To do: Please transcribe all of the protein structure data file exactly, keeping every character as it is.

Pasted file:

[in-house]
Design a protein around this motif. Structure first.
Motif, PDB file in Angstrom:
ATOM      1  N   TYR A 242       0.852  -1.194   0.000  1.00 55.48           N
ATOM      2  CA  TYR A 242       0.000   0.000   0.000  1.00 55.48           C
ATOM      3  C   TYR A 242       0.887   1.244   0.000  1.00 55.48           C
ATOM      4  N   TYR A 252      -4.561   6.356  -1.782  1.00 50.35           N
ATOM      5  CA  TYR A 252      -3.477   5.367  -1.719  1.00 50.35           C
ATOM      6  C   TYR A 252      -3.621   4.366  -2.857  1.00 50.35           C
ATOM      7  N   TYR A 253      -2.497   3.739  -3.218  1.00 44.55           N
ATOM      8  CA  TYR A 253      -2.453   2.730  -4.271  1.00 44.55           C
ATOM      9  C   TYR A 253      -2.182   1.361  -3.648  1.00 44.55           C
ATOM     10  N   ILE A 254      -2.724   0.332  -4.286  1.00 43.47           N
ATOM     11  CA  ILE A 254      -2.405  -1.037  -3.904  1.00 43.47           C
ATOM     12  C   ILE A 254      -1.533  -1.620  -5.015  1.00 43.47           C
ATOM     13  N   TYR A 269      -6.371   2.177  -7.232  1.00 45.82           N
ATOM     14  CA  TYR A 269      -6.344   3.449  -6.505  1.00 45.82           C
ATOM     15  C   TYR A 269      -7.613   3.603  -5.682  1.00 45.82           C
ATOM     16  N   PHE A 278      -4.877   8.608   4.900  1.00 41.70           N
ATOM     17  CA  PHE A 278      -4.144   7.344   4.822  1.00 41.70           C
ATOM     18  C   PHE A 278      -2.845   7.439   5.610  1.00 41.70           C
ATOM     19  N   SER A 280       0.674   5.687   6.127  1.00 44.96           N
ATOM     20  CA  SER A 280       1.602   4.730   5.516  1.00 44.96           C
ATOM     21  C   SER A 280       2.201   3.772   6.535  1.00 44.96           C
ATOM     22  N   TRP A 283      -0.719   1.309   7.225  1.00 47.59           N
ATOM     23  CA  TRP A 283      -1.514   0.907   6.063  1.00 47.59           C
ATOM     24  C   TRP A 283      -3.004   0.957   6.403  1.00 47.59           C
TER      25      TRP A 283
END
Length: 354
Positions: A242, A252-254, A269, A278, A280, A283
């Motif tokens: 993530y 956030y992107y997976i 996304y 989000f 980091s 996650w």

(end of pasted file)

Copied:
[in-house]
Design a protein around this motif. Structure first.
Motif, PDB file in Angstrom:
ATOM      1  N   TYR A 242       0.852  -1.194   0.000  1.00 55.48           N
ATOM      2  CA  TYR A 242       0.000   0.000   0.000  1.00 55.48           C
ATOM      3  C   TYR A 242       0.887   1.244   0.000  1.00 55.48           C
ATOM      4  N   TYR A 252      -4.561   6.356  -1.782  1.00 50.35           N
ATOM      5  CA  TYR A 252      -3.477   5.367  -1.719  1.00 50.35           C
ATOM      6  C   TYR A 252      -3.621   4.366  -2.857  1.00 50.35           C
ATOM      7  N   TYR A 253      -2.497   3.739  -3.218  1.00 44.55           N
ATOM      8  CA  TYR A 253      -2.453   2.730  -4.271  1.00 44.55           C
ATOM      9  C   TYR A 253      -2.182   1.361  -3.648  1.00 44.55           C
ATOM     10  N   ILE A 254      -2.724   0.332  -4.286  1.00 43.47           N
ATOM     11  CA  ILE A 254      -2.405  -1.037  -3.904  1.00 43.47           C
ATOM     12  C   ILE A 254      -1.533  -1.620  -5.015  1.00 43.47           C
ATOM     13  N   TYR A 269      -6.371   2.177  -7.232  1.00 45.82           N
ATOM     14  CA  TYR A 269      -6.344   3.449  -6.505  1.00 45.82           C
ATOM     15  C   TYR A 269      -7.613   3.603  -5.682  1.00 45.82           C
ATOM     16  N   PHE A 278      -4.877   8.608   4.900  1.00 41.70           N
ATOM     17  CA  PHE A 278      -4.144   7.344   4.822  1.00 41.70           C
ATOM     18  C   PHE A 278      -2.845   7.439   5.610  1.00 41.70           C
ATOM     19  N   SER A 280       0.674   5.687   6.127  1.00 44.96           N
ATOM     20  CA  SER A 280       1.602   4.730   5.516  1.00 44.96           C
ATOM     21  C   SER A 280       2.201   3.772   6.535  1.00 44.96           C
ATOM     22  N   TRP A 283      -0.719   1.309   7.225  1.00 47.59           N
ATOM     23  CA  TRP A 283      -1.514   0.907   6.063  1.00 47.59           C
ATOM     24  C   TRP A 283      -3.004   0.957   6.403  1.00 47.59           C
TER      25      TRP A 283
END
Length: 354
Positions: A242, A252-254, A269, A278, A280, A283
């Motif tokens: 993530y 956030y992107y997976i 996304y 989000f 980091s 996650w």